Increasing numbers of Western Australian children with disabilities are enjoying the benefits of a full-time education.
More than 4,000 children with disabilities now attend regular State schools and the 20 education support schools, centres and units in WA.
Disability Services Minister Eric Ripper said today that Education Week, which started on Sunday, was an appropriate time to recognise the considerable advances which have been made in integrating children with disabilities into the State education system, and in providing specialist services where required.
Mr Ripper said the Gladys Newton School in Balga, attended by about 120 children with disabilities, was an excellent example of the successes achieved, and had won awards for curriculum development. The creative artwork of Gladys Newton pupils was today displayed at the Mirrabooka Shopping Centre, where pupils from the school also performed songs in sign language.
In the State Budget, the Government allocated $24.2 million for specialist teaching for the 3,000 children in education support facilities, and $2.4 million for support to the 1,000 children with disabilities in mainstream schools.
The Budget allocated an additional $450,000 for school therapy services to help pupils with disabilities, as promised in the Social Advantage package.
"Before 1984, the two per cent of children with more severe disabilities, were not catered for in the school system," Mr Ripper said.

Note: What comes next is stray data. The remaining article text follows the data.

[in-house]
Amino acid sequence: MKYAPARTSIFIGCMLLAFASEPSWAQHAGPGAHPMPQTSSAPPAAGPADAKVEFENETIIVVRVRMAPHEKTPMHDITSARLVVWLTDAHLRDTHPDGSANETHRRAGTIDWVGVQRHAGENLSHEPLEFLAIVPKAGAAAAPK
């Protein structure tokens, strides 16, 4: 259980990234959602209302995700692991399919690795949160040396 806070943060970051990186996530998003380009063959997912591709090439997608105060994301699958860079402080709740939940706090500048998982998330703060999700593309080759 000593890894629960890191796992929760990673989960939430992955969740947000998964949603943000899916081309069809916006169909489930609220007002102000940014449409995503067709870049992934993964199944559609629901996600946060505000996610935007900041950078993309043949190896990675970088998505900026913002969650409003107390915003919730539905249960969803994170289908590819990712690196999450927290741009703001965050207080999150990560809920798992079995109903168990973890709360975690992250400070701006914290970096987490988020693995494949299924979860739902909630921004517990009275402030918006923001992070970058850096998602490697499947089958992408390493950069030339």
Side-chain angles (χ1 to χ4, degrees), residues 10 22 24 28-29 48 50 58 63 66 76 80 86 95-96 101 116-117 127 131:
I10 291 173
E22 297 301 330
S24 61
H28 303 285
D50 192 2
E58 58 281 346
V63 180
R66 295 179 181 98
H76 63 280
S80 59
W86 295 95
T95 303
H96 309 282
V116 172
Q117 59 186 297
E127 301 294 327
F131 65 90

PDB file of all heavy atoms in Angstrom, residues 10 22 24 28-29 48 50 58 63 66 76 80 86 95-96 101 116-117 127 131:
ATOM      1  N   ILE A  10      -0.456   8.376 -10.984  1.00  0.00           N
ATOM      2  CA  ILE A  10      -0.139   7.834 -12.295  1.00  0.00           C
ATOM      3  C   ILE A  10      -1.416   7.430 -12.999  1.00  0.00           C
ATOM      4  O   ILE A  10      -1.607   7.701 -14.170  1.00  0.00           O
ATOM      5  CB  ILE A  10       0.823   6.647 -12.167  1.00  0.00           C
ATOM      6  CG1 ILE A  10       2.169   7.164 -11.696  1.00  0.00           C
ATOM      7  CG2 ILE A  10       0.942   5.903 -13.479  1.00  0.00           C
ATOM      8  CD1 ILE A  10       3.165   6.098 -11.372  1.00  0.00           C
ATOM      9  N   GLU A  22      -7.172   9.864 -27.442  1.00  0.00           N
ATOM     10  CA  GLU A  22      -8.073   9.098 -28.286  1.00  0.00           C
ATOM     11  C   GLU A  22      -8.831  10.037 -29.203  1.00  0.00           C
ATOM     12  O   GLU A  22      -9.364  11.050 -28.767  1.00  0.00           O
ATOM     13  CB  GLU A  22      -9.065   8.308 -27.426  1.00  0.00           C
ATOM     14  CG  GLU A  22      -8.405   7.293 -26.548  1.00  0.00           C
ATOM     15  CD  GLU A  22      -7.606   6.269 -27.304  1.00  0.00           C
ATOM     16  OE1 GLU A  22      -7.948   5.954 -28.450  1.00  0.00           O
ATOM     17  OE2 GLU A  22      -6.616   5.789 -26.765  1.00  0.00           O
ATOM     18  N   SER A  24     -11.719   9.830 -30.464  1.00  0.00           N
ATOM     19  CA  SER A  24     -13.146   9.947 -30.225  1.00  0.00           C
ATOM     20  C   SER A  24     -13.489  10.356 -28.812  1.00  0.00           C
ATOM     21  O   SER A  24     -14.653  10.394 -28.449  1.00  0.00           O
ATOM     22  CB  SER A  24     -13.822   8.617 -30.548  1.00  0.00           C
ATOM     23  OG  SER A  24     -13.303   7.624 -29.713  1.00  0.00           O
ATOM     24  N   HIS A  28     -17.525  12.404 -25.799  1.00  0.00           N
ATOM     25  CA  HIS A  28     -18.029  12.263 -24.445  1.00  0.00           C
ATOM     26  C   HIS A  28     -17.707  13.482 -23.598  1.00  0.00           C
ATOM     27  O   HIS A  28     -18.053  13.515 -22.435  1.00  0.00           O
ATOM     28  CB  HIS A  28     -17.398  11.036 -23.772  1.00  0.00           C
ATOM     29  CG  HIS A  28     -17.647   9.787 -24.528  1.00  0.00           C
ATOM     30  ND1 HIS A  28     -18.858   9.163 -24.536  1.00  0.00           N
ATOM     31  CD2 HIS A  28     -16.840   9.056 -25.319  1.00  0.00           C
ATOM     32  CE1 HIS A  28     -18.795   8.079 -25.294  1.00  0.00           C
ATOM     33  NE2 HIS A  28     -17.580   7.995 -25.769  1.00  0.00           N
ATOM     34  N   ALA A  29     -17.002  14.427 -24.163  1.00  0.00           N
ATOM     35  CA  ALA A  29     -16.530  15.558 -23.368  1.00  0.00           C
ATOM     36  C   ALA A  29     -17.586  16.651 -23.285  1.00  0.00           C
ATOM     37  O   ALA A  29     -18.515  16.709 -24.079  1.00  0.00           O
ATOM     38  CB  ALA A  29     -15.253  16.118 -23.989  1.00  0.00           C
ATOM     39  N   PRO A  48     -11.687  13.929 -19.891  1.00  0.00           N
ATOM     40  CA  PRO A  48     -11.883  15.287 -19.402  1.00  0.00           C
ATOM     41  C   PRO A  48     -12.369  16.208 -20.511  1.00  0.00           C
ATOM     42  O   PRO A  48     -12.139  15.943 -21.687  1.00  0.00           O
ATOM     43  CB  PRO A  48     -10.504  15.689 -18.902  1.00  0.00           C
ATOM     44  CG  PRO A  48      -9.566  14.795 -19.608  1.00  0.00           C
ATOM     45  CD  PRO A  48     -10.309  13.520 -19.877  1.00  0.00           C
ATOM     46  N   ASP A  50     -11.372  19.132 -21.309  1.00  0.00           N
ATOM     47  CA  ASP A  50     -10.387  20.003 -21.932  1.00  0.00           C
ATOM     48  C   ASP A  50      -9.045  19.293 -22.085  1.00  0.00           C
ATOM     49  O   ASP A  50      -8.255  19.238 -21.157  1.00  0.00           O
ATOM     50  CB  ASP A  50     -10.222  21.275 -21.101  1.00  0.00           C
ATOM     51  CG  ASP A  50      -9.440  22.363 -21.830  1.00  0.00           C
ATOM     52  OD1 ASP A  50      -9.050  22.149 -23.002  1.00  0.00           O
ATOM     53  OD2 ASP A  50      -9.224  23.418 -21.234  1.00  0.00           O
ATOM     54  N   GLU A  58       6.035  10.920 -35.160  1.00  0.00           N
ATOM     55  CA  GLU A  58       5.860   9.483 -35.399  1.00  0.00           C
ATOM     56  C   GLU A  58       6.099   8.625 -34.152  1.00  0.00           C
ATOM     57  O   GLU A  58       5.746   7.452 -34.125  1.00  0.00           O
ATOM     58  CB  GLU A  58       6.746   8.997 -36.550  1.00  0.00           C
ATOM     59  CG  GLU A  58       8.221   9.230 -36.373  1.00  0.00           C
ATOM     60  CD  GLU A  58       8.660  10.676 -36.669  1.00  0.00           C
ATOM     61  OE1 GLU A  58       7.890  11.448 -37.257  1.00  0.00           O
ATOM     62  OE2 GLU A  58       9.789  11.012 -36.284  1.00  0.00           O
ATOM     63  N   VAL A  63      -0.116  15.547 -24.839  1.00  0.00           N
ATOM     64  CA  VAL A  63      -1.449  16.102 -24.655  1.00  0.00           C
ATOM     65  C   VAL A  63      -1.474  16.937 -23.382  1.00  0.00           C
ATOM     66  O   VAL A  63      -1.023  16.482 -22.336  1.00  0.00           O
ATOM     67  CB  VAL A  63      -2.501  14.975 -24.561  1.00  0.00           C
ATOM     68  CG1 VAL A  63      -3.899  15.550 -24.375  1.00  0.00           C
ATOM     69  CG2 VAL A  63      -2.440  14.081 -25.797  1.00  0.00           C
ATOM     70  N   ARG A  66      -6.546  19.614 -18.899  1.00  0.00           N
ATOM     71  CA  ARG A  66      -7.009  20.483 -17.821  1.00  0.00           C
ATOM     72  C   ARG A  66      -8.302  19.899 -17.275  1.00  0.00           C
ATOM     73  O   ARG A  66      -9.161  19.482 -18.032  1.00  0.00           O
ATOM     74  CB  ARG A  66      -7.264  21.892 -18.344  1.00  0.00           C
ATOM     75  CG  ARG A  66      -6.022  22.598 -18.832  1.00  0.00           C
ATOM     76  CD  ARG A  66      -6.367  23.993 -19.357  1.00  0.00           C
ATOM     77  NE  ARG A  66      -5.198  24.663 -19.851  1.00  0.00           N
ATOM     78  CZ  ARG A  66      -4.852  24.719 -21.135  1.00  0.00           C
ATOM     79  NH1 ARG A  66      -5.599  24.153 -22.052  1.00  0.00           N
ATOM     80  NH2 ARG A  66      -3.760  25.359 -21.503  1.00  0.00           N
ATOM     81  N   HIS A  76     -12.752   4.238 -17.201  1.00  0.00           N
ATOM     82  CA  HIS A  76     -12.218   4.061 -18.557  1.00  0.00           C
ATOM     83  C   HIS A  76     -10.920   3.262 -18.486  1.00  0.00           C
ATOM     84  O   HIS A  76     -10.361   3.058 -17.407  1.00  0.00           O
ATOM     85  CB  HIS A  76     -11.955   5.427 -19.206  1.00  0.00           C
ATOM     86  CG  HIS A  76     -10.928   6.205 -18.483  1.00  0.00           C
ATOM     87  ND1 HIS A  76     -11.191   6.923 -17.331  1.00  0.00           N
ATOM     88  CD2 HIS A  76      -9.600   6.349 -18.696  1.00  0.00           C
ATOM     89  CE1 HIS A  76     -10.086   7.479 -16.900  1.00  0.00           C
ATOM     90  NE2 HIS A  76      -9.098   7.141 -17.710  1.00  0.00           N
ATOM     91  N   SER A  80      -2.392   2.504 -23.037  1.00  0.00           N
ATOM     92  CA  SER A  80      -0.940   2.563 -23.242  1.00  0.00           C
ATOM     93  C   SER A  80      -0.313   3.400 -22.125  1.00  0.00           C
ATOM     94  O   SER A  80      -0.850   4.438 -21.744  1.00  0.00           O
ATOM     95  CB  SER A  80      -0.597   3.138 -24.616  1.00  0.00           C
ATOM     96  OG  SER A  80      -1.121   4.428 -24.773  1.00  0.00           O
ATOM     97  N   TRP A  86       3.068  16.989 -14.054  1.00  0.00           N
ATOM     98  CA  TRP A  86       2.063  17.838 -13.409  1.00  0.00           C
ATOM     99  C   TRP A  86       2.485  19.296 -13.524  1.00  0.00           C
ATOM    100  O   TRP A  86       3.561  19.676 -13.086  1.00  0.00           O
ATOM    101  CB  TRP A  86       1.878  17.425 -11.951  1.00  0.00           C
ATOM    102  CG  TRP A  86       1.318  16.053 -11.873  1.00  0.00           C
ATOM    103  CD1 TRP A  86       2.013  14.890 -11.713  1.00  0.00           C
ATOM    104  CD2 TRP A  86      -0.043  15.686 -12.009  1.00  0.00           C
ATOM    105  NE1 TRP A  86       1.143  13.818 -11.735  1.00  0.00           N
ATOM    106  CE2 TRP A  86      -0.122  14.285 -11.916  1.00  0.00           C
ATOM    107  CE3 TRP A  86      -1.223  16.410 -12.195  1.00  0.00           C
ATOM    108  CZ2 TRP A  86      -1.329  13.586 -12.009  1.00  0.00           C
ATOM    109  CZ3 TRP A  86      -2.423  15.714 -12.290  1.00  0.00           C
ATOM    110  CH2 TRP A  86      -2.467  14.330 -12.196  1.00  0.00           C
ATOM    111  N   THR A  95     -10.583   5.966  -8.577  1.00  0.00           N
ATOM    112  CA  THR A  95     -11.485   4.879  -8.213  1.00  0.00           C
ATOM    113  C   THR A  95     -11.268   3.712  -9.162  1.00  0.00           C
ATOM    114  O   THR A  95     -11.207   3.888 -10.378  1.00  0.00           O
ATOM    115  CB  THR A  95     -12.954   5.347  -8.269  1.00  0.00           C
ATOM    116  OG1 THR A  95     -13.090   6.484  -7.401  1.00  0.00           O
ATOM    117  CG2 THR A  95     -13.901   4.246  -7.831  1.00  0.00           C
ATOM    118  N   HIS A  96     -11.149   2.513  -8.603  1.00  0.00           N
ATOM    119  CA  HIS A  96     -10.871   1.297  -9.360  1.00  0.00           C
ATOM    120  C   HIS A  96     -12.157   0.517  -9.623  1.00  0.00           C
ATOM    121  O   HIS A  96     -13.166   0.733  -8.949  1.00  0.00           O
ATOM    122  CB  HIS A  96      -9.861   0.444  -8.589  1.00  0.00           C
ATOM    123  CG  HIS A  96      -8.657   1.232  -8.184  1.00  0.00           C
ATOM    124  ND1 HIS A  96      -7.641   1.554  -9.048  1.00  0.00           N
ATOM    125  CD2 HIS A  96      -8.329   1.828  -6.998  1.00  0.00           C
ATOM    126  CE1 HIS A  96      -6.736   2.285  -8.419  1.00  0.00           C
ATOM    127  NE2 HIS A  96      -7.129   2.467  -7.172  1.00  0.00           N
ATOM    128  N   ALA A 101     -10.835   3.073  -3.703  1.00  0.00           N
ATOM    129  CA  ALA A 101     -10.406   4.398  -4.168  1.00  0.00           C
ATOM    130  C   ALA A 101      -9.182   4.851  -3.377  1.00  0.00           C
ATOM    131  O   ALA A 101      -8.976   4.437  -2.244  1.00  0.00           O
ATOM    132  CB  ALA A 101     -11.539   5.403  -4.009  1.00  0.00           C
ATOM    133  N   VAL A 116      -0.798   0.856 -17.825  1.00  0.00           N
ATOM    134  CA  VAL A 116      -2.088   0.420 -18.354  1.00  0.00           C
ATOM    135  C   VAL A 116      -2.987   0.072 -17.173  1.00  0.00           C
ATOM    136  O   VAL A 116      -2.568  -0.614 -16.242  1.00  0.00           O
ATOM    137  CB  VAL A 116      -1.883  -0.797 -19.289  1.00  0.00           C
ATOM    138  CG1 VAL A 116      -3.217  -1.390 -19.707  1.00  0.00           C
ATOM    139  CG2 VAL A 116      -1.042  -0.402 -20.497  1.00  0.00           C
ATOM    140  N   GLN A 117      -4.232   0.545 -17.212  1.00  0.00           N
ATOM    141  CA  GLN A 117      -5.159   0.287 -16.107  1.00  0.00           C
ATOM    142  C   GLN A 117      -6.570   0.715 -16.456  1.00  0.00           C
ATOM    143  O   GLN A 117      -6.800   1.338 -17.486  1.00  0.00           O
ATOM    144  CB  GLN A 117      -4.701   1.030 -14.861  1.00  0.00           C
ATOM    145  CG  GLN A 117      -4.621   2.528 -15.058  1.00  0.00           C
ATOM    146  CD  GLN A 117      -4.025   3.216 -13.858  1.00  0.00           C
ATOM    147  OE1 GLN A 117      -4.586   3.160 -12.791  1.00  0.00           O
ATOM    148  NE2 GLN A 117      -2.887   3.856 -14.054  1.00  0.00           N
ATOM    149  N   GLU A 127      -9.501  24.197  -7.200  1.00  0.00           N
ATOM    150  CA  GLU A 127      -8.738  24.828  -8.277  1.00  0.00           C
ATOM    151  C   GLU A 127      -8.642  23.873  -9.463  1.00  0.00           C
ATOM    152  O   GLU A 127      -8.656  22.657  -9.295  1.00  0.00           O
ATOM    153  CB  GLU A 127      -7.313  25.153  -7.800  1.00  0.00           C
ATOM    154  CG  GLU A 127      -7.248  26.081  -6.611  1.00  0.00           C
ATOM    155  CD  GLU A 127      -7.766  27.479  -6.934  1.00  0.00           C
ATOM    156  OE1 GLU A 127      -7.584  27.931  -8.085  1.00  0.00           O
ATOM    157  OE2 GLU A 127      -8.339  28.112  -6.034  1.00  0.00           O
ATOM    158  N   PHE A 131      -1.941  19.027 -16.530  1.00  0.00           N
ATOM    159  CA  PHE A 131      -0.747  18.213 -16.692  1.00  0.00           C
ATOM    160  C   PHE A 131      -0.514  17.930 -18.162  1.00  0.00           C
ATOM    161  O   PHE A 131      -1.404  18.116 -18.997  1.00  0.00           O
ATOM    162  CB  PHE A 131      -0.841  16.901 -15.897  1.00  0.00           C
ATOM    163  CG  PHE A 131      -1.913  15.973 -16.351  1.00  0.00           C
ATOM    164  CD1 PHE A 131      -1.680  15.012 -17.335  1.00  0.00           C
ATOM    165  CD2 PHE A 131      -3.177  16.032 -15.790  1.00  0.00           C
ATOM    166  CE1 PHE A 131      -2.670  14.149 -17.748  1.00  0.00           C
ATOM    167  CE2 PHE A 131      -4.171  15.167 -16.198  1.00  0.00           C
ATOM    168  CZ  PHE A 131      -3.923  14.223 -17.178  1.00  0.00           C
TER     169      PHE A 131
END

"They could not attend classes but, under Labor Government policy, all children with disabilities have not only been given access to schooling, but have been increasingly integrated into mainstream classrooms. This benefits both the children, and their classmates through better appreciation that people with disabilities are individuals first."
The Minister said a classic example of successful integration was the Wellstead School, north of Albany. Two children with hearing impairment were able to remain at the school because teachers, students and parents decided to learn how to sign to communicate with them.
"This meant the two children were able to remain at their school, instead of having to leave their family homes to attend a specialist centre in Perth. The whole school benefited by learning a new form of communication," Mr Ripper said.
Mr Ripper said this special integration was building on an increasing appreciation, in the broader community, of the right of people with disabilities to live full, active and independent lives.